Pitfalls of Marketing with Stereotypes

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Marketing to stereotypes instead of people? We understand it’s an easy mistake to make. When companies try to expand into new markets, generalizations tend to happen in hopes of reaching a broader audience. However, If you aren’t careful, your generalizations and stereotypes can lead to a catastrophic campaign and your company’s brand image looking bad in consumers ‘ minds. 

Examples of brands gone bad: 

Manage Your Marketing 

Do your market research/Talk to local experts

Market research may seem like an obvious step, but companies often miss the mark on a successful campaign because they failed to do appropriate research. Before attempting to spread your brand across multiple markets and cultures, you need a clear vision of how your brand will enrich that market. A clear vision involves understanding that global brand marketing is about evidence, not judgments, and moving beyond cultural stereotypes and discovering connections between your brand and the (cultural) market.

Lack of market research can result in blatant disregard for cultural understanding. For example, Food Basics, a grocery store in Canada, sent out a promotional flyer for Baisakhi (a Sikh religious holiday) in an attempt to reach ethnic communities. However, the marketing team failed to do proper research on the target market and advertised a product that was considered forbidden to eat in the Sikh community. YIKES!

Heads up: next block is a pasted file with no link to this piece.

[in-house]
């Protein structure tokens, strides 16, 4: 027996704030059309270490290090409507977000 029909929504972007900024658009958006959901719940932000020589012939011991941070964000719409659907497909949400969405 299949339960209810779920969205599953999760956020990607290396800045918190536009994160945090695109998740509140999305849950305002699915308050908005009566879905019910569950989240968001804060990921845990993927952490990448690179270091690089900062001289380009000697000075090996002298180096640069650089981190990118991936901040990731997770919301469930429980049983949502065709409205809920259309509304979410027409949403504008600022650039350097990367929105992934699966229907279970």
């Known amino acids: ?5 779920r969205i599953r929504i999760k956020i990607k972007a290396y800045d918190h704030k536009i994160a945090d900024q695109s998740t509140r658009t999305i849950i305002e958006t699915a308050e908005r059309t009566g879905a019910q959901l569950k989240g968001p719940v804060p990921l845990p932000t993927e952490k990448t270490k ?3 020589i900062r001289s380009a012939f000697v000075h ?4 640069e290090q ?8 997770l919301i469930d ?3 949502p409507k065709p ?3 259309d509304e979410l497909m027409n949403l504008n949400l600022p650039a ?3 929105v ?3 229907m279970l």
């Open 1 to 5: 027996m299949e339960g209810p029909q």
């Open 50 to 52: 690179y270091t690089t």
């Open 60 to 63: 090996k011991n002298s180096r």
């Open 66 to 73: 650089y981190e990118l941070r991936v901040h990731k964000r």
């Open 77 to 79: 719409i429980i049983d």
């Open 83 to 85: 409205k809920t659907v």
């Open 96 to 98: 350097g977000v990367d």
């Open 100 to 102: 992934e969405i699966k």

Pay attention to language 

We all know meaning can sometimes get lost in translation, but this is especially true when multiple languages come into play. Each language has its idioms and slang, so accounting for this is crucial. Other cultures also have their own stereotypes, so using proper syntax is essential to avoid offense. 

Choose images carefully 

Proper images for your campaign are just as important as the language used. Researching to understand how specific images are depicted within a culture or market will contribute to successful messaging. You want the image to be relevant to the target audience, so a deep understanding of the audience as individuals is needed. The right image can sometimes speak louder than any words could so make sure your image is speaking correctly.  

An example of this is an ad for Kurl-On mattresses, created by Ogilvy, attempting to depict their mattress as helping to “bounce back” into life. This image did not bounce back positive feedback. 

Avoid subjectivity 

Listen to the numbers, not your personal judgments. Data is your friend when helping to identify common traits between your brand and the intended market. Accurate data can help break down generalizations and stereotypes. For instance, what do you think is the average age of a gamer? According to The Internet Advertising Bureau (UK), over a quarter of all gamers are over 45-years-old, and 52 percent are women. Before assuming anything, look at the numbers.